Hello, my friends. It’s been a few weeks since we corresponded, and Thanksgiving seemed a perfect time to touch base. I have a story to tell as well.
I don’t know what your plans are for Thanksgiving (my US peeps) or for Black Friday (US and Canadian peeps), but in my home, we’re having a quiet, laid back sort of holiday. Although it’s not a holiday in November up here in Canada, it feels like one. My husband and I are both taking Thursday and Friday off to reach down to our US roots and celebrate with our friends, even the friends who live so far away.
But that’s not all I wanted to say. I promised you a story. This one is a tidbit from my own life, and it’s brief.
Living in Los Angeles in the early 90s was a pretty busy time for me. I was working as a technical writer for a very large road building firm (think freeways), and although I wasn’t thrilled with the job, it paid the bills. I had two very young daughters, splitting their time between me and my ex-husband. I missed them.
Thanksgiving approached, and since my ex’s family always threw a humongous Thanksgiving party, including games, a feast, lots of conversation, many children, etc., I knew it would be cruel to keep my daughters away from the fun, so my ex had them for the holiday. As I am a person with virtually zero family, I knew Thanksgiving was going to be a lonely day.
Then I got invited to an “orphan’s Thanksgiving” party. There were going to be many friends there, and it was designed to be a get-together for people like me who had no family to share the special day with. I RSVP’d in the affirmative right away.
Thanksgiving rolled around and I got all dressed up, made up, perfumed and prettied for my night with friends. I got to the party and was greeted warmly by many people I knew. I was a little surprised by how many people were orphans like me, but I felt right at home.
When I saw Ken there, I remembered the frosty-freezy reception I gave him when we’d encountered each other in person for the first time at a Halloween party the month before. I fully expected to give him a cold shoulder on Thanksgiving as well, because he was there with the same girl, and I’ve never been one to flirt with someone who’s “taken.” I would be polite, of course, but distant. That was despite the fact that I found his writing compelling, when I read it on the online bulletin board we both participated in. He was interesting, fascinating even, but off-limits.
Well, the evening started off pleasantly enough, but soon I discovered that Ken’s relationship with the other girl was on the rocks. That he was there with her only because they’d RSVP’d as a couple and didn’t want to back out. They weren’t officially broken up, but it was obvious there was nothing left there but a shell.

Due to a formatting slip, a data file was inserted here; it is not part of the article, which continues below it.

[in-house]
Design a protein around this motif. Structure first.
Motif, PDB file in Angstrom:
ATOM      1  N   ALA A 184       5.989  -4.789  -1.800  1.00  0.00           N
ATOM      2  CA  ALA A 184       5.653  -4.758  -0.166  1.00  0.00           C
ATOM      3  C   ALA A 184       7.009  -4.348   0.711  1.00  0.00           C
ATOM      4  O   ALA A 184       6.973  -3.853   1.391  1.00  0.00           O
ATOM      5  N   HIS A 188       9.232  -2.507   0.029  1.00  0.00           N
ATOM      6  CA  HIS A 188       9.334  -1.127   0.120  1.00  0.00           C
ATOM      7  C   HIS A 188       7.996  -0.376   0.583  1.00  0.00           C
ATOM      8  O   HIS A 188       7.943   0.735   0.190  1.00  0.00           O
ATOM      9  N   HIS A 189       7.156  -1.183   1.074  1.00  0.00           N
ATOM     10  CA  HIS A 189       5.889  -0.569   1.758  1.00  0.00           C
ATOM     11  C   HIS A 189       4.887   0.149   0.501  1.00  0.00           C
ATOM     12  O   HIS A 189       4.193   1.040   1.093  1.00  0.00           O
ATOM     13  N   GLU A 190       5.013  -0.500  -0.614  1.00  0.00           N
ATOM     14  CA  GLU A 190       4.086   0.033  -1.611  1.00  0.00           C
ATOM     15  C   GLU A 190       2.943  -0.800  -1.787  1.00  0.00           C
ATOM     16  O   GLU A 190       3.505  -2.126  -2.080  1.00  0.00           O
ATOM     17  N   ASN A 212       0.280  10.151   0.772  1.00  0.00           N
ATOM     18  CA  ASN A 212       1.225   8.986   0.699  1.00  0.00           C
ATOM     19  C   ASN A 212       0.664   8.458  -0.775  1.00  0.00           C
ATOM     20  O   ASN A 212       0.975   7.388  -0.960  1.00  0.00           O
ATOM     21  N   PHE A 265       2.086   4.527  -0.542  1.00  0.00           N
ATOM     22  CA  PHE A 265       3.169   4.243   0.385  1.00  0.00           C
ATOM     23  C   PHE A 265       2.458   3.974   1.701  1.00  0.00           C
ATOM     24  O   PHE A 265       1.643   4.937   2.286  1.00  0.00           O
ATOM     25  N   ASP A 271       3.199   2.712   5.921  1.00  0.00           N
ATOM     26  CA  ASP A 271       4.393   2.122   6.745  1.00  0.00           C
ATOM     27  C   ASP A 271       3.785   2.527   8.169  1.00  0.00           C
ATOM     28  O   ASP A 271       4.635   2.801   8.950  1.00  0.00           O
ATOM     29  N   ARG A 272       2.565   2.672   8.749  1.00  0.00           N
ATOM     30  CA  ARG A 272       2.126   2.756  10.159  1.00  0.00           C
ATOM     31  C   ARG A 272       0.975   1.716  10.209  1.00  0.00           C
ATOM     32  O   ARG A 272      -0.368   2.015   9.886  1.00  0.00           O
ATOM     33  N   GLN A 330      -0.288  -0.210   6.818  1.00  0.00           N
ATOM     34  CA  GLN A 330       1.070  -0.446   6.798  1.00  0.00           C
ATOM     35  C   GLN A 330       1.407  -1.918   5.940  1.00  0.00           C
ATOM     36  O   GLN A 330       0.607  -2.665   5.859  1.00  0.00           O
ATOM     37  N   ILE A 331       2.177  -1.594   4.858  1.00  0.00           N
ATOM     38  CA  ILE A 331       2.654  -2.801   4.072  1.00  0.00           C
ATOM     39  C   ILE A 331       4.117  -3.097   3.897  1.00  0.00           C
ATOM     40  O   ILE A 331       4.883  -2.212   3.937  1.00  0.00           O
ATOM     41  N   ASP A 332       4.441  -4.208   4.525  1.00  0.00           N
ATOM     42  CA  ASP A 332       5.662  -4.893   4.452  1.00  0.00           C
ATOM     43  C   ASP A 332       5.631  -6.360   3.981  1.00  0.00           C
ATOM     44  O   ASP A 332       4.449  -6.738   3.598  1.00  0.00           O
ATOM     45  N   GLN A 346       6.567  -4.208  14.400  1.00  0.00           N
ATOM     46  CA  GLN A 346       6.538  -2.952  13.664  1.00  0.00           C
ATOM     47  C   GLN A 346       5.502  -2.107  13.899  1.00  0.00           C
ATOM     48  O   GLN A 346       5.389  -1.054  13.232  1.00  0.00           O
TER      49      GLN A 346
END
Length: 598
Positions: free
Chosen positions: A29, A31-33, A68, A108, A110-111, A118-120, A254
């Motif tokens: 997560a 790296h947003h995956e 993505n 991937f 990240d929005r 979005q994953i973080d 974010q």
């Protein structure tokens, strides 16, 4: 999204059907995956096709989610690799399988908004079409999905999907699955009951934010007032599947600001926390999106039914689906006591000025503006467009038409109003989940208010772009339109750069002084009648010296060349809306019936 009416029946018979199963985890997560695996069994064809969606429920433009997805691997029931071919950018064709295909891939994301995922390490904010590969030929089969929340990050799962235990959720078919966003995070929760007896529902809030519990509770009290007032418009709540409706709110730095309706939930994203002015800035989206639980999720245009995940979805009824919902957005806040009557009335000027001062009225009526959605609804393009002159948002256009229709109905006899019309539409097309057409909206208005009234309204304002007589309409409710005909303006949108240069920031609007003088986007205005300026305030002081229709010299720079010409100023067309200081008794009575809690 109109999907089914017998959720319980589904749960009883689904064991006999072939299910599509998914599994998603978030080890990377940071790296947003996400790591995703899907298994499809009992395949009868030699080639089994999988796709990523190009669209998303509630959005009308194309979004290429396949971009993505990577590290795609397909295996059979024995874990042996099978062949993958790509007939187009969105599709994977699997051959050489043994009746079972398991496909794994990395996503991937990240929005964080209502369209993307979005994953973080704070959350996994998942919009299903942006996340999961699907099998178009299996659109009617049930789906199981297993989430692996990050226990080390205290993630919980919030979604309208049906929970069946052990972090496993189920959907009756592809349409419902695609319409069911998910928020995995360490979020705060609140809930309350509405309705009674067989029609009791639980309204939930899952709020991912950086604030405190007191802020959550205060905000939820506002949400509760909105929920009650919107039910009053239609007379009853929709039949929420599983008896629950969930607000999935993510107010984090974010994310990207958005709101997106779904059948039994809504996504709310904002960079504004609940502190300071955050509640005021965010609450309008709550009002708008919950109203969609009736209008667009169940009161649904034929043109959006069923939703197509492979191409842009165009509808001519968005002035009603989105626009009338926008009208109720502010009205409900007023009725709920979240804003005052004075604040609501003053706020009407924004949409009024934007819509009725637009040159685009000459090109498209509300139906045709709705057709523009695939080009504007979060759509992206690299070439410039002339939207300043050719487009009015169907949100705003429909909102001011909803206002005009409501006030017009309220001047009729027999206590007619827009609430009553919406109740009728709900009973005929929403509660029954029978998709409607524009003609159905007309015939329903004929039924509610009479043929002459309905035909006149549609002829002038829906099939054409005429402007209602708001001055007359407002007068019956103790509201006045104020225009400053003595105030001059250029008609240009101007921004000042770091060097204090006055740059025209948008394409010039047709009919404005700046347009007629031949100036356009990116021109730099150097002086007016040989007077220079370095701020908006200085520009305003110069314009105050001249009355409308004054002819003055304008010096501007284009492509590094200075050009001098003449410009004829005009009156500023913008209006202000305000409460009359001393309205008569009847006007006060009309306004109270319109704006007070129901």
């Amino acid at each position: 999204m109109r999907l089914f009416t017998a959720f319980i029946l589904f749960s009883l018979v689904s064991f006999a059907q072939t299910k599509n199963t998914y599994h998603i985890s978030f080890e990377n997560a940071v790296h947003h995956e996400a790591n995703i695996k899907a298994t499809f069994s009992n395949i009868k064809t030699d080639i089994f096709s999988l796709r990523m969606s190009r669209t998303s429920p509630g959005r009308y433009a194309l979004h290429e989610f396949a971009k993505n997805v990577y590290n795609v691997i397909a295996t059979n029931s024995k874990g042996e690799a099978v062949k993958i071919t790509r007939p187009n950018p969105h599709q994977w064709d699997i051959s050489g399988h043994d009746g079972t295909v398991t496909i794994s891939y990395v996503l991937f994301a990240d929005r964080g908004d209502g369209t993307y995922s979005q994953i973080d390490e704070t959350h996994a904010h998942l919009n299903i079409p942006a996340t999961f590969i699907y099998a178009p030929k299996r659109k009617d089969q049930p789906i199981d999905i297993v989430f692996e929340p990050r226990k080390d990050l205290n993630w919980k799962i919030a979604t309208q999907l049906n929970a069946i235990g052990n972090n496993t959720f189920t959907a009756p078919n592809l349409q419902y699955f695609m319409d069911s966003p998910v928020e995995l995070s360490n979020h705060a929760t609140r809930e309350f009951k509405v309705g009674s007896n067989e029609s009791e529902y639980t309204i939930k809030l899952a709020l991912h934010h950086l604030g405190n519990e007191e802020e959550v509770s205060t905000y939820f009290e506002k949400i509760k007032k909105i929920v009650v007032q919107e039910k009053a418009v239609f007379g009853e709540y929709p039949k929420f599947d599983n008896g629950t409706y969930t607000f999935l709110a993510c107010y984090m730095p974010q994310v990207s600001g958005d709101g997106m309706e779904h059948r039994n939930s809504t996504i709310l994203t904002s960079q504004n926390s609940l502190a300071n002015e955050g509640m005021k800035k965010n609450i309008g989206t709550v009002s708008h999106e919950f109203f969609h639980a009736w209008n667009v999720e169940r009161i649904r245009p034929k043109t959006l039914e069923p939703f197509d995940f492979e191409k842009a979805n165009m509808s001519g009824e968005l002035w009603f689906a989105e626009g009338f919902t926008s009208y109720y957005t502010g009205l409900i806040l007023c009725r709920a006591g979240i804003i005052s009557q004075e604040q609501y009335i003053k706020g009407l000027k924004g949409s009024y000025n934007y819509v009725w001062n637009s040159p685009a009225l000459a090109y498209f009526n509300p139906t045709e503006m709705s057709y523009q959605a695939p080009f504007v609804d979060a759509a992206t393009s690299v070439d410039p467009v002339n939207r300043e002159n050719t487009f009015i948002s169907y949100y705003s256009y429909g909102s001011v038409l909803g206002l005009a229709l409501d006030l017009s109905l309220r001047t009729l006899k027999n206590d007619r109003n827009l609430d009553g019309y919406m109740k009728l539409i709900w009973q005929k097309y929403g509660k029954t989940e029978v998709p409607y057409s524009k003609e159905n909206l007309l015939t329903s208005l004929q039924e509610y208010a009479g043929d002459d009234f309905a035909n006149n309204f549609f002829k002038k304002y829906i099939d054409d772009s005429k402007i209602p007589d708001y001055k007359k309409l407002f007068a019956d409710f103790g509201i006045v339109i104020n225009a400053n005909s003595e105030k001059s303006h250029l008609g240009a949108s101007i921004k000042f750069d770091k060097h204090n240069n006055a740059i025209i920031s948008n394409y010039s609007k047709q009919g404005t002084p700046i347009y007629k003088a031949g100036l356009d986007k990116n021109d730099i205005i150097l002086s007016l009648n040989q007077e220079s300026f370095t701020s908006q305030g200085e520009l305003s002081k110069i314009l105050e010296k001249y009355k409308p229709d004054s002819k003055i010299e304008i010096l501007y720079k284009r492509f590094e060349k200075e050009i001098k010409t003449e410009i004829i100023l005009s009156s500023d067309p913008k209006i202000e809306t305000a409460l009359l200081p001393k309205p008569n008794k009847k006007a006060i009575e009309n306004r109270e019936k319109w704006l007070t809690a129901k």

He was charming, he was funny, he was incredibly intelligent, and had a forceful personality. He often dominated conversation without being domineering. I was more and more intrigued by him, and many times remembered his writing, where his thoughts about relationships so echoed my own.
We flirted a bit, then more. The other girl glared at me — apparently, she wasn’t quite as finished with the relationship as Ken was. That was not good, as far as I was concerned.
Eventually, toward the end of the evening, it was blatantly obvious that Ken and I were on the track to something interesting. I was still very cognizant of the other girl, and didn’t let things progress past a casual flirtation.
Then he asked me out. I was so torn. I so wanted to share some one-on-one time with this incredible man, but also aware that we had many friends in common, and I’d be a “homewrecker” if I appeared to be the cause of his finally breaking up with the girl who remained interested in him. So…reluctantly, painfully, I said no to his invitation.
I did offer a caveat, though. I told him that I’d go out with him one month after he’d broken up officially and finally with the woman he’d been dating. One month. I didn’t want to start going out with him only days after he’d ceased the relationship because I could be considered a cause of the break up. I wasn’t the cause, and I didn’t want that reputation.
By mid-December, everyone knew that his relationship with “M” was terminated. He and she were still friends, but not dating anymore. Ken is the kind of guy who keeps those friendships — we orphans are loathe to leave people behind once we’ve formed a bond. So they were on good terms, but both free to date others. She took up with another guy pretty quickly, but Ken waited. We chatted online a few times, we talked to each other on the phone, we took the time to get to know each other without dating.
When a month rolled around, I was in Washington DC at President Clinton’s inauguration, where I’d been invited to attend a big inaugural ball. (Not an opportunity anyone should ever pass up, no matter what party you voted for.) So, even though we’d reached “the day”, we couldn’t spend it together.
I came home and within 24 hours, was greeted at my door by Ken, bearing chocolates and flowers and a great big smile.
I have never looked back from that day. We got married about two years later.
Thanksgiving is special to me because it began a romance I know will carry me through all the ups and downs of my life. It’s been almost 21 years and I’m hoping for at least 21 years more.
Happy Thanksgiving! May your day be as beautiful a memory as mine.